HARTFORD, Conn. (WTNH) — Connecticut leaders discussed security on the state’s college and university campuses Thursday after recent hate incidents.
Gov. Ned Lamont (D-Conn.) said the stress level is up on college campuses across the state. The governor called a two-hour meeting with education leaders and law enforcement officials to devise a plan to monitor and stay ahead of the hate.
Lamont met with the Connecticut Department of Emergency Services and Public Protection (DESPP), Connecticut State Police, Federal Bureau of Investigation and campus security officials from nearly every public and private higher education institution in Connecticut.
The goal of this meeting was to brief officials on ways they can prevent dangerous campus hate incidents amid the Israel-Hamas war.
Just this week, students at Central Connecticut State University (CCSU) found hateful words carved into a bathroom wall.
“I find a social media is an accelerant for hate, I really do. What you see on Twitter, leaving that hateful language up there, what you see on TikTok and how those algorithms accelerate some of the worst,” Lamont said.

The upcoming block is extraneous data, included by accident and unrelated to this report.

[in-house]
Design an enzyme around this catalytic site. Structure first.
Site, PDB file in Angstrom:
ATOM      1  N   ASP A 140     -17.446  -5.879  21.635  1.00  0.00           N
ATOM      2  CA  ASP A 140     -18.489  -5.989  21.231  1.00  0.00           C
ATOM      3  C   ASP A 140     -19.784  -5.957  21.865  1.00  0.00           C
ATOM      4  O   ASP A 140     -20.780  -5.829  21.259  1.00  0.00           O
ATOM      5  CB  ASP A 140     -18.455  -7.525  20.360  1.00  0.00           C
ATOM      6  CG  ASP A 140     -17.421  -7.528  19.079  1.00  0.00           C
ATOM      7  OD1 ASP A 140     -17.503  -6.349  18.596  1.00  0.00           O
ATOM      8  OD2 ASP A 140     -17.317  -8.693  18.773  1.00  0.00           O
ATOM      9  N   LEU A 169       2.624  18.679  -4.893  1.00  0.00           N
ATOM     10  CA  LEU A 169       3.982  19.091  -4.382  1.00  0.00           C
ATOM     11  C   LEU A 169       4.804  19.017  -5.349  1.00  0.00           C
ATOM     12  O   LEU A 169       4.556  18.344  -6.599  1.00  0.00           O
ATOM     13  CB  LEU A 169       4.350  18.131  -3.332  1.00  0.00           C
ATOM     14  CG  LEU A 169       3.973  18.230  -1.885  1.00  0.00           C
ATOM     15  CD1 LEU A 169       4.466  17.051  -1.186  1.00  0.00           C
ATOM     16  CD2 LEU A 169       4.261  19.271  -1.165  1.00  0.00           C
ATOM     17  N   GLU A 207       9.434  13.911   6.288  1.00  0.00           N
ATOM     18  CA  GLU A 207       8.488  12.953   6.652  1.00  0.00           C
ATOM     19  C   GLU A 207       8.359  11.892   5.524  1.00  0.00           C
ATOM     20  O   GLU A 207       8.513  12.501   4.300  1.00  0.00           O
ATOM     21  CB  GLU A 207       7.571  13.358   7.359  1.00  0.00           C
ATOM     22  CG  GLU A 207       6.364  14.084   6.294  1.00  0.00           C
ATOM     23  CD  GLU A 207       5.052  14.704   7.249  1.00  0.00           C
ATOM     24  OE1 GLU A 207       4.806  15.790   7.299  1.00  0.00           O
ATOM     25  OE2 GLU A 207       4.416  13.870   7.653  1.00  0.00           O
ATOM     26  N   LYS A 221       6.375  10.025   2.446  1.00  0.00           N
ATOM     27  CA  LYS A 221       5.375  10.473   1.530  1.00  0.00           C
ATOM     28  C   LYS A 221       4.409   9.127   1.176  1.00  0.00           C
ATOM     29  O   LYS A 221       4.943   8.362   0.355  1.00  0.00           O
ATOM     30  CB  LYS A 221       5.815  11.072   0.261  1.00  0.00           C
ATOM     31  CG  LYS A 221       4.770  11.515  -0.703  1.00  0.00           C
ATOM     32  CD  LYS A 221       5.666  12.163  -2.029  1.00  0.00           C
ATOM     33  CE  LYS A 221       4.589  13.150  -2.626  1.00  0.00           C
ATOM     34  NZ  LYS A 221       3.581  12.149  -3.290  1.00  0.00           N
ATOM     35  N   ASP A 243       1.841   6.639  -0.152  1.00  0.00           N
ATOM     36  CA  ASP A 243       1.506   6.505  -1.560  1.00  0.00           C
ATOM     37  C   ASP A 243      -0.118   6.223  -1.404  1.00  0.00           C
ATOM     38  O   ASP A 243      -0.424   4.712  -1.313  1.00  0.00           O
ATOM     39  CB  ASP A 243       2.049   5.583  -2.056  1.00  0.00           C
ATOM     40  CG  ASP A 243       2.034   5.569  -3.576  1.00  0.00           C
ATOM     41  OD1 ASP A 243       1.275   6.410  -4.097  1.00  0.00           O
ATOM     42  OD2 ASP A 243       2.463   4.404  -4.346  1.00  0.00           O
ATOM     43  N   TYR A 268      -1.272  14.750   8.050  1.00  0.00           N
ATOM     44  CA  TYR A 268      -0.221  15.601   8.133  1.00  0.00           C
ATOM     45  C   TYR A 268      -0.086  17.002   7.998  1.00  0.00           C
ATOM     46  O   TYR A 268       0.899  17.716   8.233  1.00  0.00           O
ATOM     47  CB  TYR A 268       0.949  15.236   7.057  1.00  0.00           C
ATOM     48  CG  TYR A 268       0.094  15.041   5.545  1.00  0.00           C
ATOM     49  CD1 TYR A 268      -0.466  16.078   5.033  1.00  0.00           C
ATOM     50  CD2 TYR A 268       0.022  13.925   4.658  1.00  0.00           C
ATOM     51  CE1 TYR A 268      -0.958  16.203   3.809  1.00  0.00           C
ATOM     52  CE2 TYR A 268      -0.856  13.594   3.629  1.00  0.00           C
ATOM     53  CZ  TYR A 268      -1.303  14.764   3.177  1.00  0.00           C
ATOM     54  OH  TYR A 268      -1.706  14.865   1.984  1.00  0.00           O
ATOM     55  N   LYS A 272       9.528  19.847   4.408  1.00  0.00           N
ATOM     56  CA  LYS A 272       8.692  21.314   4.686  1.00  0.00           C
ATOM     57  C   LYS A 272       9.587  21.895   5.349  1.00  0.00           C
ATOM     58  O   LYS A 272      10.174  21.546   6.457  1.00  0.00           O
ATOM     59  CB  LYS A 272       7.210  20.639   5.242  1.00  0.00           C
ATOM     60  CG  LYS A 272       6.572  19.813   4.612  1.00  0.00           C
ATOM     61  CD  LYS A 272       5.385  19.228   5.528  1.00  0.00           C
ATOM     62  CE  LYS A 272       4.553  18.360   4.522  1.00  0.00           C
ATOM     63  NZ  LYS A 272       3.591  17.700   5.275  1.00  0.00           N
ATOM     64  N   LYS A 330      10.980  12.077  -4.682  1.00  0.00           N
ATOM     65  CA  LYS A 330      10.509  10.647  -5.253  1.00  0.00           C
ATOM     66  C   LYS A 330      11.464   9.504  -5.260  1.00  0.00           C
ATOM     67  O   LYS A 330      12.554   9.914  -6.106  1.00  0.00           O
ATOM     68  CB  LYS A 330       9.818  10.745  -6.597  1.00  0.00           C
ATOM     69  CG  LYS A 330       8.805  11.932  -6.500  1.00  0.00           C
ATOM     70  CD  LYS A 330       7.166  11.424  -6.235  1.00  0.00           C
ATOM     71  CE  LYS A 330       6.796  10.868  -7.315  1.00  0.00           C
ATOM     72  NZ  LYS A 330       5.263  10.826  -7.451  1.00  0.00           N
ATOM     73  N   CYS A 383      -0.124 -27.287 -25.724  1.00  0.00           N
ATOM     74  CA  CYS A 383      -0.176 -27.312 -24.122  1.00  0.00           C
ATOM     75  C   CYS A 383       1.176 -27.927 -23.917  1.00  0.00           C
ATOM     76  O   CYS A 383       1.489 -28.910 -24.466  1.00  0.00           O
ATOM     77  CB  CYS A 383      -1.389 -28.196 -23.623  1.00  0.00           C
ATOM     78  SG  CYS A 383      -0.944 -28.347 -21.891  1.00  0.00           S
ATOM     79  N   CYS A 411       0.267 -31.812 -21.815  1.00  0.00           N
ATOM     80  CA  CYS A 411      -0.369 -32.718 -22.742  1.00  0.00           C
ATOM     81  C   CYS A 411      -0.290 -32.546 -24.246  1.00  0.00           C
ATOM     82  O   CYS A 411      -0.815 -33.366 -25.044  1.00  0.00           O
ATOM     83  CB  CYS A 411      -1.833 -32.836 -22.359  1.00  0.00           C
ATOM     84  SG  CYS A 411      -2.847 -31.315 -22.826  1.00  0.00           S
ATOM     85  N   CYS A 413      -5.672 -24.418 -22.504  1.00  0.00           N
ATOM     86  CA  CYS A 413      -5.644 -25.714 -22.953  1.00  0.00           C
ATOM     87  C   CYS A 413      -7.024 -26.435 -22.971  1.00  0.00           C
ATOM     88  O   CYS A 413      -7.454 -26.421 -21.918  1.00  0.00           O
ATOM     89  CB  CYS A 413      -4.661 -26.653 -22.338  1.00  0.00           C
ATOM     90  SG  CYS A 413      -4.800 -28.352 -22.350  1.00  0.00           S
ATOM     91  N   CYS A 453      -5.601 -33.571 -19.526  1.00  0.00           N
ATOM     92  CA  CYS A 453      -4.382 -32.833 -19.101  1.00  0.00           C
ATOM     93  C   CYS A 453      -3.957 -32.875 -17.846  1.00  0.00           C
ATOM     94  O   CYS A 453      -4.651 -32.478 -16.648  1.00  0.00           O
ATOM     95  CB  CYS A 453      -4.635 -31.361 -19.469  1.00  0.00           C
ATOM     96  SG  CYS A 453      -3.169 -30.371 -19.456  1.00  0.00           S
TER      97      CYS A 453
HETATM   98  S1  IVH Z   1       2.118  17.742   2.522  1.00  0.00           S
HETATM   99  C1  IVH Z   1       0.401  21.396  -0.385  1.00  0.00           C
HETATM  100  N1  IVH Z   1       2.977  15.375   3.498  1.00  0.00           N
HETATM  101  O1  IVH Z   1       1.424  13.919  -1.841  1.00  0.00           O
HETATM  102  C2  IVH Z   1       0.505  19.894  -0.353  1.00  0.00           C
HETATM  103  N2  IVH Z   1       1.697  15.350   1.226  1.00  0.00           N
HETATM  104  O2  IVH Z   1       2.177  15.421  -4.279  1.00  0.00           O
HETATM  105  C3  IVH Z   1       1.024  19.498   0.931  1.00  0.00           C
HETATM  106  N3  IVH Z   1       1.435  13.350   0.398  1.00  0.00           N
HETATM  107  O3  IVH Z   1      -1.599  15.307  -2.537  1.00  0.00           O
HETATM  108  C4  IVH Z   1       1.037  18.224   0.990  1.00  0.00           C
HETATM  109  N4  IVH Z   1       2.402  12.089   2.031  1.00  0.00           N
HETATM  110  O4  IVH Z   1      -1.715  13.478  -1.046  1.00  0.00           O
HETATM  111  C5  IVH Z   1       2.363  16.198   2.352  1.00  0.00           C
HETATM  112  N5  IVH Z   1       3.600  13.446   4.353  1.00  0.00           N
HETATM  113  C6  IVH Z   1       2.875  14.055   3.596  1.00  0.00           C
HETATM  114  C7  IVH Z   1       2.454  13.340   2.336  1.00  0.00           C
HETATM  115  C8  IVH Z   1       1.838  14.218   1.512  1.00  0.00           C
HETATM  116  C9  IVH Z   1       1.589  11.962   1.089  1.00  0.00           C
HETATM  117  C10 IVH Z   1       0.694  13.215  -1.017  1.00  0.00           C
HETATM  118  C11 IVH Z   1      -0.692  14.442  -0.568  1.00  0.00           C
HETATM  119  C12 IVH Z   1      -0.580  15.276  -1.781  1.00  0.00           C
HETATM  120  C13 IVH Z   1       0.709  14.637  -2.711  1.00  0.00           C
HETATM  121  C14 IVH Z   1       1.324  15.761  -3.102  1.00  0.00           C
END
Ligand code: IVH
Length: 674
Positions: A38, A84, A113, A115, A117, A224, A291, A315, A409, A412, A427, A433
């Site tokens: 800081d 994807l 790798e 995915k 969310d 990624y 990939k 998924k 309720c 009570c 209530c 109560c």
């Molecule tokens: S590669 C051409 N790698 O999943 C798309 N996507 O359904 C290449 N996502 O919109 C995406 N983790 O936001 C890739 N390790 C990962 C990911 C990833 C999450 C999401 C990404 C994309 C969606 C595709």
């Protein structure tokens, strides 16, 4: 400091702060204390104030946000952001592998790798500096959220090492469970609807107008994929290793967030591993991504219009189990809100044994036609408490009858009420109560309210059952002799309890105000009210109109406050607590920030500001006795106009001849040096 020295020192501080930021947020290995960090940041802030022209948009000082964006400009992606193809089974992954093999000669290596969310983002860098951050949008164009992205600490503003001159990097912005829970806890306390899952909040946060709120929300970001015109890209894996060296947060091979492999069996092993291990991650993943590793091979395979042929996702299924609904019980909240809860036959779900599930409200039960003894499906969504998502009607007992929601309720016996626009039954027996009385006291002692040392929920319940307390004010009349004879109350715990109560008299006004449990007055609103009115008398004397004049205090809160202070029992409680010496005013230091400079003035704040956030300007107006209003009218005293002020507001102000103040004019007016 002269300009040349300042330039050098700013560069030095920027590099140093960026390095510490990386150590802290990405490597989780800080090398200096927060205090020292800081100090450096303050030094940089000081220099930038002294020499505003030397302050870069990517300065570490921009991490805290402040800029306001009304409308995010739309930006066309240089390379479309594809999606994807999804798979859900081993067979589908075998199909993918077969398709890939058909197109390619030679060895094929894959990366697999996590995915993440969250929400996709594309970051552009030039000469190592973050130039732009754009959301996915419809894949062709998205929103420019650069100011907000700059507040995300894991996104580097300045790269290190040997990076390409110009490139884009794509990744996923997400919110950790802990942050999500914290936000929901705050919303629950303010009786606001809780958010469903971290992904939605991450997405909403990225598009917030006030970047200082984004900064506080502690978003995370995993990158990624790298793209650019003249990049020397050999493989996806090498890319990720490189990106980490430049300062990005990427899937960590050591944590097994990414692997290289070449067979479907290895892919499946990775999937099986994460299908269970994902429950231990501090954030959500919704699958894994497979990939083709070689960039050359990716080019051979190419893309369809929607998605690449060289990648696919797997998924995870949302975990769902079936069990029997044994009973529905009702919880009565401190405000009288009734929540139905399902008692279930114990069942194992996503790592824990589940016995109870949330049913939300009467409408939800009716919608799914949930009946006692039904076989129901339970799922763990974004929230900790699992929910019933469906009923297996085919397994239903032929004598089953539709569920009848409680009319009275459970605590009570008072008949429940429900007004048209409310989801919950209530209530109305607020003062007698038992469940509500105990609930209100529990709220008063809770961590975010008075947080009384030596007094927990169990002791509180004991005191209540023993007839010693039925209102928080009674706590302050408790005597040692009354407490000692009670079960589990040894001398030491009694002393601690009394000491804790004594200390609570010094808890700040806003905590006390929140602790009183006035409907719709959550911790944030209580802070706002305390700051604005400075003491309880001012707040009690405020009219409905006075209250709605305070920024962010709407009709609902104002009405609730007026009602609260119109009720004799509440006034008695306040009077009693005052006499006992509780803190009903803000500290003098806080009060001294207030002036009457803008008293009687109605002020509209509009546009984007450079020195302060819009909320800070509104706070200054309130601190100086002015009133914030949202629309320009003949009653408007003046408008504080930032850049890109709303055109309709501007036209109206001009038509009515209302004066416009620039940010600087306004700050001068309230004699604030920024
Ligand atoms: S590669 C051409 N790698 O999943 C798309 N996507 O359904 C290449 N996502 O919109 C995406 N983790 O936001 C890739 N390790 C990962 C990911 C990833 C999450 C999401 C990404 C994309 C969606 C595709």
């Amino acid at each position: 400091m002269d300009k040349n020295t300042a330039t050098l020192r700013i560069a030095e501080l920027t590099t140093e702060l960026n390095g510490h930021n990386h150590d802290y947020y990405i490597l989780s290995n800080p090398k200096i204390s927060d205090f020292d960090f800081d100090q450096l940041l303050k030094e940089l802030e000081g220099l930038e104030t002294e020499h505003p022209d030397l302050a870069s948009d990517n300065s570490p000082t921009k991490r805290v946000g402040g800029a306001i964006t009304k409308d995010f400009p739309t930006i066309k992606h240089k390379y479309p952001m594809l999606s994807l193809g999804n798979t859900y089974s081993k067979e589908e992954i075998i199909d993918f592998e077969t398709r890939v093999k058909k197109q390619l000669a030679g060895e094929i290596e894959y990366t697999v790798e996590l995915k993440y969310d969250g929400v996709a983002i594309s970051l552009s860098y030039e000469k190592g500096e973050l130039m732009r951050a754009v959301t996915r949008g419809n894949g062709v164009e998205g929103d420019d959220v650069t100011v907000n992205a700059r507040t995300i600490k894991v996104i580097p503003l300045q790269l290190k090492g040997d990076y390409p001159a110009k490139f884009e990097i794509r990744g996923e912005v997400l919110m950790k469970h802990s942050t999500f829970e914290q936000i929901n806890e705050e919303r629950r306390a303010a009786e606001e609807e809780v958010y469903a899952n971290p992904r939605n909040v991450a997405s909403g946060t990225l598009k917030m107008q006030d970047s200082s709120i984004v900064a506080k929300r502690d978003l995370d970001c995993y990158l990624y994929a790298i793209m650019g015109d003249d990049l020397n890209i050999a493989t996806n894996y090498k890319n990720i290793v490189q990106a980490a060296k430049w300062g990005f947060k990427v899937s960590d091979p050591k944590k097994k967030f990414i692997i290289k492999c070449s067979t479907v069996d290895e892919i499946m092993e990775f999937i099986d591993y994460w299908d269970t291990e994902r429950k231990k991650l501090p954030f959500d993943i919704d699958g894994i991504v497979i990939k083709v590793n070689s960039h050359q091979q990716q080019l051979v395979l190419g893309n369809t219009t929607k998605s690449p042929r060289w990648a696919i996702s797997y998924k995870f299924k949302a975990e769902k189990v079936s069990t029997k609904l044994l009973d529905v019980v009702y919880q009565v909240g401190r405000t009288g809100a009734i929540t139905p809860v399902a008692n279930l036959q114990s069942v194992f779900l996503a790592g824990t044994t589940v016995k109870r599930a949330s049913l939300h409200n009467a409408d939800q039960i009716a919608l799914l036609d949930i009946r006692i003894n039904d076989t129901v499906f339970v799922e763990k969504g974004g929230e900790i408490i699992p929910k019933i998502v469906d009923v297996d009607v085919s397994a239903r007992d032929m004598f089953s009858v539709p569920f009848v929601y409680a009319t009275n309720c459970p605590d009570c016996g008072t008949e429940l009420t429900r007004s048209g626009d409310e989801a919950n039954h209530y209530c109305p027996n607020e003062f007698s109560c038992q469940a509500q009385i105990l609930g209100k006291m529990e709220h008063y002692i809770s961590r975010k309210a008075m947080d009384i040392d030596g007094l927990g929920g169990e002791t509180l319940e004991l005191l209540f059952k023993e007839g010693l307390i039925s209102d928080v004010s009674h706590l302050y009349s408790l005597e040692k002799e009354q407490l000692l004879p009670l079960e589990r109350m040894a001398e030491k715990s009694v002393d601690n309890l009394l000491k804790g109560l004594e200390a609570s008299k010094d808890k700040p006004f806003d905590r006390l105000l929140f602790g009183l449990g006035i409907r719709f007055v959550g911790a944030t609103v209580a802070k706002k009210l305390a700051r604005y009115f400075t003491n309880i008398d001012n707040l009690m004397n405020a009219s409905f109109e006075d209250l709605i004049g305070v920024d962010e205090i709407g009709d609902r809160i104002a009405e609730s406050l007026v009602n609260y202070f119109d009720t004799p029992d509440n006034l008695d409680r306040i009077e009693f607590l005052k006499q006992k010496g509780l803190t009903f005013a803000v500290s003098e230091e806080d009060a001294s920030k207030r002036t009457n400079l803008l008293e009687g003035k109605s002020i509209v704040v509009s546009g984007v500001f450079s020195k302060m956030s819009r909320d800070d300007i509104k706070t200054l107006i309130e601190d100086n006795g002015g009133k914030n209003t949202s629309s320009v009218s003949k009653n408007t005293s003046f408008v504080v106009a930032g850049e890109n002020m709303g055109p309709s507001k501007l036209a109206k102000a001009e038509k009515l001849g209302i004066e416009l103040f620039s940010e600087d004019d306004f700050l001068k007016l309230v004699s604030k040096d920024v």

Interim State Police Commissioner Ronnell Higgins said when hate happens, there needs to be an immediate reaction, like at CCSU, they covered over the graffiti that day.
“I think it is really important that when those incidents do happen, We have hate speech, and we do have symbols of hate. It’s important that institutions reply and reply strongly and immediately,” he said.
Higgins said it’s important to respond to and investigate these instances and to get ahead of them by meeting with cultural organizations on campus.
“When we reach out to students and other groups and humanize, humanize one another. Oftentimes, we can disrupt that bad behavior and take the temperature down,” Higgins said.